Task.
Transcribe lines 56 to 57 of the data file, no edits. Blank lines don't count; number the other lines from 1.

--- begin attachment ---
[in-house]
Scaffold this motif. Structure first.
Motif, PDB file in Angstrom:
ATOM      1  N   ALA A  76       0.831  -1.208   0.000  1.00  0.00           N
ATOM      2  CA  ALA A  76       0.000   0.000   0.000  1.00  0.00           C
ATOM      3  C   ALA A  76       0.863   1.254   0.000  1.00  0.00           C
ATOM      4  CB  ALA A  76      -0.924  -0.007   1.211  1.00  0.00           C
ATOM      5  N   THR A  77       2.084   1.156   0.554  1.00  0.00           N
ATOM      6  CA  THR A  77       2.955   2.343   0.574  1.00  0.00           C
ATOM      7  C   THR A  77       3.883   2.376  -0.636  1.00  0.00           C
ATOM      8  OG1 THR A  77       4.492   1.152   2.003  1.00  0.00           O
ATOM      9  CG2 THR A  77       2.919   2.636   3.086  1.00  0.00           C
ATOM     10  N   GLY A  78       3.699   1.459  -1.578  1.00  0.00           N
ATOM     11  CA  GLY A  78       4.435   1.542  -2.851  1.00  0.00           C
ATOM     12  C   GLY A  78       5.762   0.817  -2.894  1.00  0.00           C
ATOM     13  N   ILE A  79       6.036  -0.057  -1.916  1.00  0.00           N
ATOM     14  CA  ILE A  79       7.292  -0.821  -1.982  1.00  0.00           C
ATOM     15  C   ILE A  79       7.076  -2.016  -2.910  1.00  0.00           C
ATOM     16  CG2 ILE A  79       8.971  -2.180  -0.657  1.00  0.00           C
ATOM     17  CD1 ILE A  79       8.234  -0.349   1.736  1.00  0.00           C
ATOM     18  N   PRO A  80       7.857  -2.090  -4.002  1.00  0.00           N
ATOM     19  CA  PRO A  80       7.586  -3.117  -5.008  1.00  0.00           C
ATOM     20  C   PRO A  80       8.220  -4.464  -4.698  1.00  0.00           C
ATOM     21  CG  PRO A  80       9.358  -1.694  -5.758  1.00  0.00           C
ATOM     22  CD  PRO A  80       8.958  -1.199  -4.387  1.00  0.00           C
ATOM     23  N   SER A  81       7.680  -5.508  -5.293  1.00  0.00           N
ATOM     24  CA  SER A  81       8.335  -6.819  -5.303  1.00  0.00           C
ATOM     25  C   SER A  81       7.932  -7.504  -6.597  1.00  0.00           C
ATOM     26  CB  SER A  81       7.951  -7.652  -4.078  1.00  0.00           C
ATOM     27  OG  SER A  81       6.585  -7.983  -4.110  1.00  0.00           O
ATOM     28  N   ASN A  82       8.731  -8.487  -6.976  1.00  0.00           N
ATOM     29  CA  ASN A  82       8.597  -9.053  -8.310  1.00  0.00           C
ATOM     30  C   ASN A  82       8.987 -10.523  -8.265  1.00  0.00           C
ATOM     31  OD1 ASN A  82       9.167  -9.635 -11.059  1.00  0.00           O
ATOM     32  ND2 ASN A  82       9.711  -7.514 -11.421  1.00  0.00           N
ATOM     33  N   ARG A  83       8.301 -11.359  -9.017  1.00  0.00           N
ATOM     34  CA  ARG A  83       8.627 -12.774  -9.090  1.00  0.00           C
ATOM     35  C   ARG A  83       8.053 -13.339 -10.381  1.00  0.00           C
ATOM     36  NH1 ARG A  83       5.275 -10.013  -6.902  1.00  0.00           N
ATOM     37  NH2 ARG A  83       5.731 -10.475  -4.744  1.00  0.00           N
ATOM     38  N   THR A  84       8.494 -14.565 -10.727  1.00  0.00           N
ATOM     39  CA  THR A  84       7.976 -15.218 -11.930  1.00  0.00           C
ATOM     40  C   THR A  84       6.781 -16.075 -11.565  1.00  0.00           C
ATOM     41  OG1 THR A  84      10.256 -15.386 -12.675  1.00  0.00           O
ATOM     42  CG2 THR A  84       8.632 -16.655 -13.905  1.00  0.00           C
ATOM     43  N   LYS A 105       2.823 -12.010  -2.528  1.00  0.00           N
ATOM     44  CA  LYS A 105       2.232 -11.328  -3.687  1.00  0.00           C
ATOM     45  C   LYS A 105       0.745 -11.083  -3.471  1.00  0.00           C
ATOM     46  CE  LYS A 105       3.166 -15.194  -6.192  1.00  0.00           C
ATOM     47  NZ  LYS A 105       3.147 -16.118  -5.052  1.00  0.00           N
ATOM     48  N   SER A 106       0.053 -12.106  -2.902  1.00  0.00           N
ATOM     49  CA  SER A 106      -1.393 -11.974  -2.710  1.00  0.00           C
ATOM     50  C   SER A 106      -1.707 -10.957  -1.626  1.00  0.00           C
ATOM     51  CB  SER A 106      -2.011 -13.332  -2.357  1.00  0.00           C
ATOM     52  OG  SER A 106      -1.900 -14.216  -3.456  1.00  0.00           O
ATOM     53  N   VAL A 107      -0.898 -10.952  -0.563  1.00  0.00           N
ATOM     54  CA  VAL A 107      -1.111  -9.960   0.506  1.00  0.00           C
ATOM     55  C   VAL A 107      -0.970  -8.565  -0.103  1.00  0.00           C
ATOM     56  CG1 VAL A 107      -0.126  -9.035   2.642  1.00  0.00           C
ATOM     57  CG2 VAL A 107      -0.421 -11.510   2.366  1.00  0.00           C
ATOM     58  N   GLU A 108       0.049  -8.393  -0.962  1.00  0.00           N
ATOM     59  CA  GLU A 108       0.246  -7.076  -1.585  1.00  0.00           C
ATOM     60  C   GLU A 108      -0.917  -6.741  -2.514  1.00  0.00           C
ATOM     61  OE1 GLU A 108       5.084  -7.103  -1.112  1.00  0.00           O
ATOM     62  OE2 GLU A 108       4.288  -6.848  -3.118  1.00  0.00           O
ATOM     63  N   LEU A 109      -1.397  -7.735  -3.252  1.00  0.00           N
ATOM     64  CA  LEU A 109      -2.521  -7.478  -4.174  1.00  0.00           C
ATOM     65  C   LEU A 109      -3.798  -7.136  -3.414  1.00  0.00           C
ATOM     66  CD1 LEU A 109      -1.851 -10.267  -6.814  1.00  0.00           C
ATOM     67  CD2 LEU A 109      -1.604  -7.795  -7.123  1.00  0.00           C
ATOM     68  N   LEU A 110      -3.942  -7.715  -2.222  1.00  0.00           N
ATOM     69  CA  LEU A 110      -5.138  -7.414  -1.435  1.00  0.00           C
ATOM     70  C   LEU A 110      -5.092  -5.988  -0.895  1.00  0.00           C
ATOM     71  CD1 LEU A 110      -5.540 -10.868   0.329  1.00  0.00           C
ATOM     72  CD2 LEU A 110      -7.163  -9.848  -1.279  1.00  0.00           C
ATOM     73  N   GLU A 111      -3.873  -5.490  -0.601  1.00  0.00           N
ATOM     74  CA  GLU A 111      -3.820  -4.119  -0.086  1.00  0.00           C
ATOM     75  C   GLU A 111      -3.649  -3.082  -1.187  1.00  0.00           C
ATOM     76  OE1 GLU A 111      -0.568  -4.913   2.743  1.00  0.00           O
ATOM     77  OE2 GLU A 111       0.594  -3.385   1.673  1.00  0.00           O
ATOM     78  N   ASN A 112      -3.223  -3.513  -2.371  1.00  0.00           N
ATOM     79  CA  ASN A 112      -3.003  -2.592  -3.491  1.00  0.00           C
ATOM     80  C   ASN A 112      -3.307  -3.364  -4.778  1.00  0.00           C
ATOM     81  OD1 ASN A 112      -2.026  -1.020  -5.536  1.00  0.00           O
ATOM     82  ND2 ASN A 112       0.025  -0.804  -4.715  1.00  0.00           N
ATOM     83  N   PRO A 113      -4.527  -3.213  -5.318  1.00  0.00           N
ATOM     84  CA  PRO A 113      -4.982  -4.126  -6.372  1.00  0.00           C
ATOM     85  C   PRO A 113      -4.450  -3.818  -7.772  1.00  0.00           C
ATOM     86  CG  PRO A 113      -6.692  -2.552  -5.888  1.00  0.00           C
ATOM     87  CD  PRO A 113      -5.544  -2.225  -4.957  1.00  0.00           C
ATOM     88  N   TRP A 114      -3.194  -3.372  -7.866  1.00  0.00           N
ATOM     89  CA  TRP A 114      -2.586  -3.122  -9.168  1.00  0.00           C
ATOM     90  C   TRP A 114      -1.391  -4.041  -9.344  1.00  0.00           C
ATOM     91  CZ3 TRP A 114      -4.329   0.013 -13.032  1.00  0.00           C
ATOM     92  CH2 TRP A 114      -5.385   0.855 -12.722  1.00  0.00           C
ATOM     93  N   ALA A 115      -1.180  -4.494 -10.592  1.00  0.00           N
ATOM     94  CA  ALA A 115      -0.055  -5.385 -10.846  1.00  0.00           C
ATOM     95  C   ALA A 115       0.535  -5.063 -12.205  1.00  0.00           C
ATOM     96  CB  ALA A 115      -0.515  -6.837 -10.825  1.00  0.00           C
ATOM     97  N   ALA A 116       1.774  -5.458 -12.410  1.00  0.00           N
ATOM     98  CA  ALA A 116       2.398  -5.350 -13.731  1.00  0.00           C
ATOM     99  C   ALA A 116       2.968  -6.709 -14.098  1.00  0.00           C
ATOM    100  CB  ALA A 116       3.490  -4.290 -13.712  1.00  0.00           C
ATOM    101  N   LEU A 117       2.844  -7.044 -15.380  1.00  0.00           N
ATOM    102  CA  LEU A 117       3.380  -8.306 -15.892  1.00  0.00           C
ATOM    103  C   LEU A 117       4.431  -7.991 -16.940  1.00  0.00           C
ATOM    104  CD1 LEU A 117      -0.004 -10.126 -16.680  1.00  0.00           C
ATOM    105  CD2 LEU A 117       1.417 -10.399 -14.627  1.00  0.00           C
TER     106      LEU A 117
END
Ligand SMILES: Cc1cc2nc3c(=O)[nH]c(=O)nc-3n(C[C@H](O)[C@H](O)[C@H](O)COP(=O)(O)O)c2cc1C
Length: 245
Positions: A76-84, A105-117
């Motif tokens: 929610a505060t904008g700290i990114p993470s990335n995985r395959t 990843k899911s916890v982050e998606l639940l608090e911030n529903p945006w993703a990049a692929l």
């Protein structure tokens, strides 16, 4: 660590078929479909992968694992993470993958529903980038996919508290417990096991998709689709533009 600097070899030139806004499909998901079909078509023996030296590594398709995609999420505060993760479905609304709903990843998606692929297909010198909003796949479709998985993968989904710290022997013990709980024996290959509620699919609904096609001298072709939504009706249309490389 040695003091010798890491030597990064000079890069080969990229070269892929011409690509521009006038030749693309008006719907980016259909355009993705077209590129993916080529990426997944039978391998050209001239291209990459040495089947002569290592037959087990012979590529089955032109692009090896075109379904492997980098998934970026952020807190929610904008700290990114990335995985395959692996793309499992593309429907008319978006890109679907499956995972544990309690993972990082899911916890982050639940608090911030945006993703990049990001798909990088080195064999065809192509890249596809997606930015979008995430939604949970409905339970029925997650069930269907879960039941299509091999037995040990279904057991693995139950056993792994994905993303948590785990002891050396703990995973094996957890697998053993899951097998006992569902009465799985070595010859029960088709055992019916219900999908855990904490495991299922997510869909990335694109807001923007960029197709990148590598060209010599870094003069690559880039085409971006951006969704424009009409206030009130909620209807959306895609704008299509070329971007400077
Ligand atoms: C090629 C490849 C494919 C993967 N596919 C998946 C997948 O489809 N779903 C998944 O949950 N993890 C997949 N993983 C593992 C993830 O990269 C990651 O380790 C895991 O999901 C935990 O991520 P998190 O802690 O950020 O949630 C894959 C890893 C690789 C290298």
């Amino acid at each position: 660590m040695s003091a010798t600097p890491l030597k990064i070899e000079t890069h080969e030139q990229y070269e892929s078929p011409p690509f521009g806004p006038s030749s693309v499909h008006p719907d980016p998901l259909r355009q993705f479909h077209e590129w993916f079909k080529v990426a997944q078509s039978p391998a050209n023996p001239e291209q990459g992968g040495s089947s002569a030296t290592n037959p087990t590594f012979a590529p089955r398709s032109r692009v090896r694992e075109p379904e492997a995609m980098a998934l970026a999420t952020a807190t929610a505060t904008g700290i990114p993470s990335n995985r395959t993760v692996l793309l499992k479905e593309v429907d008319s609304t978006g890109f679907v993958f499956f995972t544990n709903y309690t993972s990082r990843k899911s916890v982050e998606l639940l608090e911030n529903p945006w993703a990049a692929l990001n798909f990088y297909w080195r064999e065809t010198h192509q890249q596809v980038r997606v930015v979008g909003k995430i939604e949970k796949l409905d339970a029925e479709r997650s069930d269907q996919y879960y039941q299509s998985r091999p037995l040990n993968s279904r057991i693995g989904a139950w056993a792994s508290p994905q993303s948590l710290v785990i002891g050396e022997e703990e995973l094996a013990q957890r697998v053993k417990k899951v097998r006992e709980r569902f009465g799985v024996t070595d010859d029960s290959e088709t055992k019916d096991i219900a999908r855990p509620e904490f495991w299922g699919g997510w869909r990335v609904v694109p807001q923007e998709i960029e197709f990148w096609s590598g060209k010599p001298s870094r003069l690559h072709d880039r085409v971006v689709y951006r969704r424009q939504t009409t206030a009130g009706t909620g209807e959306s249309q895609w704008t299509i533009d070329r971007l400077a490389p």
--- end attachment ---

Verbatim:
ATOM     53  N   VAL A 107      -0.898 -10.952  -0.563  1.00  0.00           N
ATOM     54  CA  VAL A 107      -1.111  -9.960   0.506  1.00  0.00           C